By Conrad Dudderar
Oklahoma has lost a music legend who provided many memorable holiday performances for Yukon crowds since the mid-‘90s.
“Doc” Irv Wagner, who played trombone for 76 years, passed away Sept. 15 at age 86 after battling lung cancer.
Wagner performed on his instrument and directed bands and orchestras at Yukon’s Freedom Fest Veterans Tribute, Concerts in the Park, Christmas in the Park, Kris Kringle Carnival, Central Oklahoma Ballet’s Nutcracker, and more.
Wagner taught for 54 years in the University of Oklahoma Music Department. He was known for his love and passion for music.
Then-Yukon City Manager Jim Crosby introduced Wagner to Jan Scott in 1999 when Scott became Yukon’s parks and recreation director.
For 22 years, Scott coordinated with Wagner on various events at the city’s parks and recreation venues.
“He was my favorite guy, and we became fast friends,” Scott said. “All events were smooth sailing with Irv. He traveled all over the world performing, but was the nicest, down-to-earth and most genuine person you could ever meet.”
Scott’s heart was broken by the loss of her dear and longtime friend.
“He was such a talented guy who gave so much pleasure to everyone he entertained and especially to the Yukon community the 22 years I worked with him,” she said.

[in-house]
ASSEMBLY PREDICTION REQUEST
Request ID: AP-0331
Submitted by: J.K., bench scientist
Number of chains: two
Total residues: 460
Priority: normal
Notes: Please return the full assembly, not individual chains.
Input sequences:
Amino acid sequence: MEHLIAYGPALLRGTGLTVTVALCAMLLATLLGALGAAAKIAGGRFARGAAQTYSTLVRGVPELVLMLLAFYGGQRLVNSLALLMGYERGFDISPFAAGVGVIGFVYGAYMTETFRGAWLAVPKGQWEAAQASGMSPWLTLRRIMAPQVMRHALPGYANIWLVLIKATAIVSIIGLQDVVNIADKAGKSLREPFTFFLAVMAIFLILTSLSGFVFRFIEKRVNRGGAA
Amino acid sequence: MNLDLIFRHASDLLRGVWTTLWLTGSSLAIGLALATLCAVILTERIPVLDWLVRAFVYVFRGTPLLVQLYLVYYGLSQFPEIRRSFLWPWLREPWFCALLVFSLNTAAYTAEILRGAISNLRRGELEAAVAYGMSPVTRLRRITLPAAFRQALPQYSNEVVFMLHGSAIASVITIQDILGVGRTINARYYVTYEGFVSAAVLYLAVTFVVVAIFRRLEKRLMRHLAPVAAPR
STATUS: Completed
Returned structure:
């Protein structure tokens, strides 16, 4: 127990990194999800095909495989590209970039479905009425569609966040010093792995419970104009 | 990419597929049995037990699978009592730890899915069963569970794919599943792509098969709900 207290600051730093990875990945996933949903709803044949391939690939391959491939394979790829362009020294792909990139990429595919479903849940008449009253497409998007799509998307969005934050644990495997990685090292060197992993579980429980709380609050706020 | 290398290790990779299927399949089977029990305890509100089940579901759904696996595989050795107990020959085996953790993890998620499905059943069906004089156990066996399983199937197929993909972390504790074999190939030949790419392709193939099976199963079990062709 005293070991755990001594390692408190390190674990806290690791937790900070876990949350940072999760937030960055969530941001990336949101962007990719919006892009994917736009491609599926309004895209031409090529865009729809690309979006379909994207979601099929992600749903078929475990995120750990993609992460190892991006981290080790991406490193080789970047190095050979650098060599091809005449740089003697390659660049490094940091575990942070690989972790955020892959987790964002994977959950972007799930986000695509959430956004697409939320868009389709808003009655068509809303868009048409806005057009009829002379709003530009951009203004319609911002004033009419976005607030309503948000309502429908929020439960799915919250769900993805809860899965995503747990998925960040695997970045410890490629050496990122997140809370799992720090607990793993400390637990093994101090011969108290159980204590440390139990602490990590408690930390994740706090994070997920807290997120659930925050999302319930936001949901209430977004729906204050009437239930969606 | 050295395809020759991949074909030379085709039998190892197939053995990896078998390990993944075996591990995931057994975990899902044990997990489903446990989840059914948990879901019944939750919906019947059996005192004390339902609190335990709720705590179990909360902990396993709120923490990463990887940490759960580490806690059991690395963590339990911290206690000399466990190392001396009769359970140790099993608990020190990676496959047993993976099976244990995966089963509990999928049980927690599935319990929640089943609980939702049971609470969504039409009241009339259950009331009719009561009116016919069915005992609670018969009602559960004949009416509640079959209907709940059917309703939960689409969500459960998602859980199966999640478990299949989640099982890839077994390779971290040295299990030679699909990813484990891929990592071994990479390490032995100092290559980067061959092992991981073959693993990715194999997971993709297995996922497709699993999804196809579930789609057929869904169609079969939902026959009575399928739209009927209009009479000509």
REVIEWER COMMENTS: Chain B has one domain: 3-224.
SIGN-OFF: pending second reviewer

Yukon’s Debra Doran Vossen, artistic director of Central Oklahoma Ballet, grew to admire Wagner over the past decade.
Wagner conducted the Oklahoma Community Orchestra, which provides live music for the annual Nutcracker performances each Christmas season.
“Irv was a wonderful person to work with,” Vossen said. “He always had a positive, jovial manner about him – always uplifting. Everybody who knew him just loved to be around him.
“This is a great loss because he truly, truly loved music. The enthusiasm for what he did was just really touching. I can’t say enough good things about him.”
Wagner played for many years with the Oklahoma City Philharmonic symphony and performed in ensembles and combos.
Larry Taylor, a former Yukon band teacher and mayor, said Wagner was “one of those rare people” who everyone liked.
“Irv was a fantastic performer; he made the trombone do amazing things,” said Taylor, who plays the trumpet. “He also was a fantastic person.
“It’s a real loss to everyone around.”
Yukon Mayor Shelli Selby added, “Irv was a wonderful conductor who was passionate about music.
“He brought such life and culture to our Freedom Fest. He will be missed by us all.”
Wagner’s remarkable musical talent “graced our community” for nearly three decades and his passion for music was contagious and inspiring, according to a post on the City of Yukon’s Facebook page.
“From the citizens and City employees of Yukon: thank you Dr. Irv Wagner for the memories and joy! Your music continues to echo in our hearts.”
A Celebration of Life for Wagner is being planned for next spring.